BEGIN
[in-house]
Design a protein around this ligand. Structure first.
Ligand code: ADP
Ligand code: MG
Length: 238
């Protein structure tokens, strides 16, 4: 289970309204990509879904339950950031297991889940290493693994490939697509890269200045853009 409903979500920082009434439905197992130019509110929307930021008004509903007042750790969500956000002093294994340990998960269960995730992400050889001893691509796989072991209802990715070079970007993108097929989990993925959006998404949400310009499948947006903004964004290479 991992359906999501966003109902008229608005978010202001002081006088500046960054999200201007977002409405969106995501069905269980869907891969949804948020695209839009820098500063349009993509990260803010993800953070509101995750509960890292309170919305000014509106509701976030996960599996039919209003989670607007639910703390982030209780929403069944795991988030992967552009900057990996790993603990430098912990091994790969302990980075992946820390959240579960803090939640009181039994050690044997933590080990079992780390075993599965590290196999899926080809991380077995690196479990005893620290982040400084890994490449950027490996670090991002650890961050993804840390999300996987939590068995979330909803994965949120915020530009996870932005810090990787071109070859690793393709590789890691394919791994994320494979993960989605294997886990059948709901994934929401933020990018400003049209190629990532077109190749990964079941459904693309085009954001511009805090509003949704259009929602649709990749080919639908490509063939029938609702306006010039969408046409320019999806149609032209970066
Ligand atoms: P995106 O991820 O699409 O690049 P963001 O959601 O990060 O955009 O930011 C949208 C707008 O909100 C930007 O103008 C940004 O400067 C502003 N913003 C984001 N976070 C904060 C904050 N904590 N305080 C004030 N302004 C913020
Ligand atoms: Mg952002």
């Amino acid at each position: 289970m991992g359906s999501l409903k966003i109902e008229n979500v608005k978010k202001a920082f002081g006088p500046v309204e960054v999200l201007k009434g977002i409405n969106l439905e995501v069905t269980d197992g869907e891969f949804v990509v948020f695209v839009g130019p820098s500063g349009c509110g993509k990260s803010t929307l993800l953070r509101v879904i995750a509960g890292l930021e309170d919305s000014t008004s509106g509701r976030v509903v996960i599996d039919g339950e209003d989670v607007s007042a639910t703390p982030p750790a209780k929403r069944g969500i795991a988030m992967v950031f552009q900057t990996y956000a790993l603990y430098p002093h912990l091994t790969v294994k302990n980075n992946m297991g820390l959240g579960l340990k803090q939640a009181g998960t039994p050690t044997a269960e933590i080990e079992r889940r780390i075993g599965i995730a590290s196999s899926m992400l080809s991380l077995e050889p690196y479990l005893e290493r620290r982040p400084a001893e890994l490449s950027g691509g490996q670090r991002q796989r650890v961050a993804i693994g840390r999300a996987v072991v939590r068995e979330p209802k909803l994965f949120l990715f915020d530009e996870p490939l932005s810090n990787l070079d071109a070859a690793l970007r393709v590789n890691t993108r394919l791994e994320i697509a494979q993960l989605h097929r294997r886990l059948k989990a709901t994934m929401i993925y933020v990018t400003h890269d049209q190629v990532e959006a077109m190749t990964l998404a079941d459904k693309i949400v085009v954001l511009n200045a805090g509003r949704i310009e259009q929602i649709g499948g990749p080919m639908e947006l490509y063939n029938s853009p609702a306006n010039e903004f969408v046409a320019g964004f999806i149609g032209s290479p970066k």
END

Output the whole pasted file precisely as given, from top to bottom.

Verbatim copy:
[in-house]
Design a protein around this ligand. Structure first.
Ligand code: ADP
Ligand code: MG
Length: 238
């Protein structure tokens, strides 16, 4: 289970309204990509879904339950950031297991889940290493693994490939697509890269200045853009 409903979500920082009434439905197992130019509110929307930021008004509903007042750790969500956000002093294994340990998960269960995730992400050889001893691509796989072991209802990715070079970007993108097929989990993925959006998404949400310009499948947006903004964004290479 991992359906999501966003109902008229608005978010202001002081006088500046960054999200201007977002409405969106995501069905269980869907891969949804948020695209839009820098500063349009993509990260803010993800953070509101995750509960890292309170919305000014509106509701976030996960599996039919209003989670607007639910703390982030209780929403069944795991988030992967552009900057990996790993603990430098912990091994790969302990980075992946820390959240579960803090939640009181039994050690044997933590080990079992780390075993599965590290196999899926080809991380077995690196479990005893620290982040400084890994490449950027490996670090991002650890961050993804840390999300996987939590068995979330909803994965949120915020530009996870932005810090990787071109070859690793393709590789890691394919791994994320494979993960989605294997886990059948709901994934929401933020990018400003049209190629990532077109190749990964079941459904693309085009954001511009805090509003949704259009929602649709990749080919639908490509063939029938609702306006010039969408046409320019999806149609032209970066
Ligand atoms: P995106 O991820 O699409 O690049 P963001 O959601 O990060 O955009 O930011 C949208 C707008 O909100 C930007 O103008 C940004 O400067 C502003 N913003 C984001 N976070 C904060 C904050 N904590 N305080 C004030 N302004 C913020
Ligand atoms: Mg952002």
């Amino acid at each position: 289970m991992g359906s999501l409903k966003i109902e008229n979500v608005k978010k202001a920082f002081g006088p500046v309204e960054v999200l201007k009434g977002i409405n969106l439905e995501v069905t269980d197992g869907e891969f949804v990509v948020f695209v839009g130019p820098s500063g349009c509110g993509k990260s803010t929307l993800l953070r509101v879904i995750a509960g890292l930021e309170d919305s000014t008004s509106g509701r976030v509903v996960i599996d039919g339950e209003d989670v607007s007042a639910t703390p982030p750790a209780k929403r069944g969500i795991a988030m992967v950031f552009q900057t990996y956000a790993l603990y430098p002093h912990l091994t790969v294994k302990n980075n992946m297991g820390l959240g579960l340990k803090q939640a009181g998960t039994p050690t044997a269960e933590i080990e079992r889940r780390i075993g599965i995730a590290s196999s899926m992400l080809s991380l077995e050889p690196y479990l005893e290493r620290r982040p400084a001893e890994l490449s950027g691509g490996q670090r991002q796989r650890v961050a993804i693994g840390r999300a996987v072991v939590r068995e979330p209802k909803l994965f949120l990715f915020d530009e996870p490939l932005s810090n990787l070079d071109a070859a690793l970007r393709v590789n890691t993108r394919l791994e994320i697509a494979q993960l989605h097929r294997r886990l059948k989990a709901t994934m929401i993925y933020v990018t400003h890269d049209q190629v990532e959006a077109m190749t990964l998404a079941d459904k693309i949400v085009v954001l511009n200045a805090g509003r949704i310009e259009q929602i649709g499948g990749p080919m639908e947006l490509y063939n029938s853009p609702a306006n010039e903004f969408v046409a320019g964004f999806i149609g032209s290479p970066k």